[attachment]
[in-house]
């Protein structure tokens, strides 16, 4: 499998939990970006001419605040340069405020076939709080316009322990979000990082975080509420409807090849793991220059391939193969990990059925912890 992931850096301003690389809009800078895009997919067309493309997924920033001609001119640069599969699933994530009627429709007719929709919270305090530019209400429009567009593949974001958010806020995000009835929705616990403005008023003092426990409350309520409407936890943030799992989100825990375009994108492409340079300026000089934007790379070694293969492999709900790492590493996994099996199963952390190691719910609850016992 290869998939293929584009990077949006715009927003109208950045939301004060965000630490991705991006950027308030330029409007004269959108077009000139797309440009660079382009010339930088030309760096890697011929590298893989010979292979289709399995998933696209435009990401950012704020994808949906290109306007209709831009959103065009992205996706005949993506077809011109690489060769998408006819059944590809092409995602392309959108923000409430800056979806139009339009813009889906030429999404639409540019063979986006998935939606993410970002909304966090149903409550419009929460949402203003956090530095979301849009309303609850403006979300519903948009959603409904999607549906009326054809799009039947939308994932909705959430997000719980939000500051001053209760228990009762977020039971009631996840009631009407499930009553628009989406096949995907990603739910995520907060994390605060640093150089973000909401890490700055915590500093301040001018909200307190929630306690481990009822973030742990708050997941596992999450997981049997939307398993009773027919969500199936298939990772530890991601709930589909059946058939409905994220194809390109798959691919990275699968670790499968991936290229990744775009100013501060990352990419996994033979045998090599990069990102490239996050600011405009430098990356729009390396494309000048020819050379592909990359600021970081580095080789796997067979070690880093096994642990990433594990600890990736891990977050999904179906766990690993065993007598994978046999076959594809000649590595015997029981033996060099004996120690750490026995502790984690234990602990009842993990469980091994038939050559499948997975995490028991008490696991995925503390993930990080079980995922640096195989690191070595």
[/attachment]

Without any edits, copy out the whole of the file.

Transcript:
[in-house]
């Protein structure tokens, strides 16, 4: 499998939990970006001419605040340069405020076939709080316009322990979000990082975080509420409807090849793991220059391939193969990990059925912890 992931850096301003690389809009800078895009997919067309493309997924920033001609001119640069599969699933994530009627429709007719929709919270305090530019209400429009567009593949974001958010806020995000009835929705616990403005008023003092426990409350309520409407936890943030799992989100825990375009994108492409340079300026000089934007790379070694293969492999709900790492590493996994099996199963952390190691719910609850016992 290869998939293929584009990077949006715009927003109208950045939301004060965000630490991705991006950027308030330029409007004269959108077009000139797309440009660079382009010339930088030309760096890697011929590298893989010979292979289709399995998933696209435009990401950012704020994808949906290109306007209709831009959103065009992205996706005949993506077809011109690489060769998408006819059944590809092409995602392309959108923000409430800056979806139009339009813009889906030429999404639409540019063979986006998935939606993410970002909304966090149903409550419009929460949402203003956090530095979301849009309303609850403006979300519903948009959603409904999607549906009326054809799009039947939308994932909705959430997000719980939000500051001053209760228990009762977020039971009631996840009631009407499930009553628009989406096949995907990603739910995520907060994390605060640093150089973000909401890490700055915590500093301040001018909200307190929630306690481990009822973030742990708050997941596992999450997981049997939307398993009773027919969500199936298939990772530890991601709930589909059946058939409905994220194809390109798959691919990275699968670790499968991936290229990744775009100013501060990352990419996994033979045998090599990069990102490239996050600011405009430098990356729009390396494309000048020819050379592909990359600021970081580095080789796997067979070690880093096994642990990433594990600890990736891990977050999904179906766990690993065993007598994978046999076959594809000649590595015997029981033996060099004996120690750490026995502790984690234990602990009842993990469980091994038939050559499948997975995490028991008490696991995925503390993930990080079980995922640096195989690191070595």